Fed-Ex has thumbed their nose at the old guard way of advertising early in the year and instead opted for online video. So don't hold your breath on the uber-cool Fed-Ex Super Bowl commercial as it just won't be there. Does this mark a major shift from broadcast to online?
Fed-Ex has had a Super Bowl spot for about the last 20 years. This year they will not. That's a sudden and major shift for the package delivery giant. They have even had ads rated "most memorable" and won several awards over that span. Fed-Ex has put part of the blame on the state of the economy saying they just couldn't see it being a justifiable expense.
This will make for an interesting year at the Super Bowl. Remember those old commercials that said when Merrill Lynch spoke, people listened. Well how about when Fed-Ex acts, people follow...
Next Monday Fed-Ex will unveil the first online video in its new campaign. They will have five three-minute short films featuring Fred Willard that they hope will spread virally across the web. Of the campaign Willard said it felt more like sketch comedy than commercial.
The premise of this first round of ads is a humorous infomercial look at Fed-Ex and its services. Even though they are poking fun at the infomercial genre they are taking on many of the attributes including the ability to include far more information than the standard television 30 or 60-second spots. The videos will appear on a dedicated YouTube channel, and on FedEx's own Web site.
The campaign could end up being a 'make or break' deal for them as they have recently posted massive losses ($876M) based on high fuel and low economic situations.
Steve Pacheco, director of advertising at FedEx, said,
"we're still very involved in television, especially with all our sports and sponsorship support But digital advertising and communication is taking a bigger role in the overall plan, because we try to scale our media plan to be where our customers are." (Source: N Y Times)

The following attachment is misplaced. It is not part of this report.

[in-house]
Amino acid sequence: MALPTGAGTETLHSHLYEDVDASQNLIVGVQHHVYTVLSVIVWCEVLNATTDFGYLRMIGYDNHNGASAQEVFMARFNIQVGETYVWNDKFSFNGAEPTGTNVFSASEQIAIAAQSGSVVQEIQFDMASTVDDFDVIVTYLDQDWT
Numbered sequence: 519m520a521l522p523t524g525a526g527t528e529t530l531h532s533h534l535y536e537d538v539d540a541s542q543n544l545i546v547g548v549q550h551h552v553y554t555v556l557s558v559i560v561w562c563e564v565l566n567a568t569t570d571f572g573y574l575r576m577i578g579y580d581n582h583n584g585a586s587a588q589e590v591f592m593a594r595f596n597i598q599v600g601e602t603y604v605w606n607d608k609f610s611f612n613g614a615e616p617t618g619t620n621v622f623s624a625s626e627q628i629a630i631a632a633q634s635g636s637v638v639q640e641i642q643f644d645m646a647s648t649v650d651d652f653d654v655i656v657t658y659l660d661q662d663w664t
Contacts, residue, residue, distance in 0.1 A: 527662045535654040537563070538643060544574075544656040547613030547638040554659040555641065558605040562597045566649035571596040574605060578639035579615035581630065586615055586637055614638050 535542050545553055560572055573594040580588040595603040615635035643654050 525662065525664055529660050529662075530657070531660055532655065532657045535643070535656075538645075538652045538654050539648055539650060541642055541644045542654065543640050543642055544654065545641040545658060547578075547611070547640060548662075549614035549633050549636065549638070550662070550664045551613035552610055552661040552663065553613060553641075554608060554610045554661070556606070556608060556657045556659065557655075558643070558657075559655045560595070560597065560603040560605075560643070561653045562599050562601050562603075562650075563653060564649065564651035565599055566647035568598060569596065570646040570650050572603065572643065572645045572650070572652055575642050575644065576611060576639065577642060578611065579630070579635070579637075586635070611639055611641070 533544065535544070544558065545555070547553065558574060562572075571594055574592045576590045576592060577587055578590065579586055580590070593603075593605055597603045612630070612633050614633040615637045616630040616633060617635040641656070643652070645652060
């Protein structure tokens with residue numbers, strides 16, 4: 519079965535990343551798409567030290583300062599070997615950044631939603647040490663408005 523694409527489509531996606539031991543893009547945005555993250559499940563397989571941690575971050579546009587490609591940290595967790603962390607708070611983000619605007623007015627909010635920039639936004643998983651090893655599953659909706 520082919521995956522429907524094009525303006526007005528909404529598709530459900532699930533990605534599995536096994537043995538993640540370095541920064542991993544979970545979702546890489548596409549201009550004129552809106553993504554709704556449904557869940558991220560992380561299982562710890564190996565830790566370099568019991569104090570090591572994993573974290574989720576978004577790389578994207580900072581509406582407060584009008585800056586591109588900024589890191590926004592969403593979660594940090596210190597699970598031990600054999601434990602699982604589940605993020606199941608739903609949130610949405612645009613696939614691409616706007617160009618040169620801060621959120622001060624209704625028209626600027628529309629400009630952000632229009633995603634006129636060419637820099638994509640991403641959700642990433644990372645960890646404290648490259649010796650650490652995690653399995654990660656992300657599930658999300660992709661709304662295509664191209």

That TV presence may or may not include a future spot at the Super Bowl, but with the $3M price tag for a 30-second shot it seems unlikely. The amount of advertising they can do online for that same amount is probably astronomical in relation.
In fact, Tod Sacerdoti, CEO of Brightroll, said, "this is a great sign for the industry." He doesn't believe that it will be an instant gold rush but that it shows the higher value of a more targeted, more frequent online audience is becoming apparent, at least to Fed-Ex.
Of course it could still be an absolute failure if they just take all the $3M and put it into creative and not media buy.
"A similar ratio of media spend to production cost should be consistent on either broadcast or online. You just get a lot more for your money online in regards to media buying," said Tod.
Sure that $3 million dollars might net you 50 to 100 million views, but will many of those people ever have a use for the product? That's something that's always been a question with the Super Bowl. Perhaps this is the first step in a larger move online and with a big name like Fed-Ex taking the leap many others will be watching and waiting to see how it goes.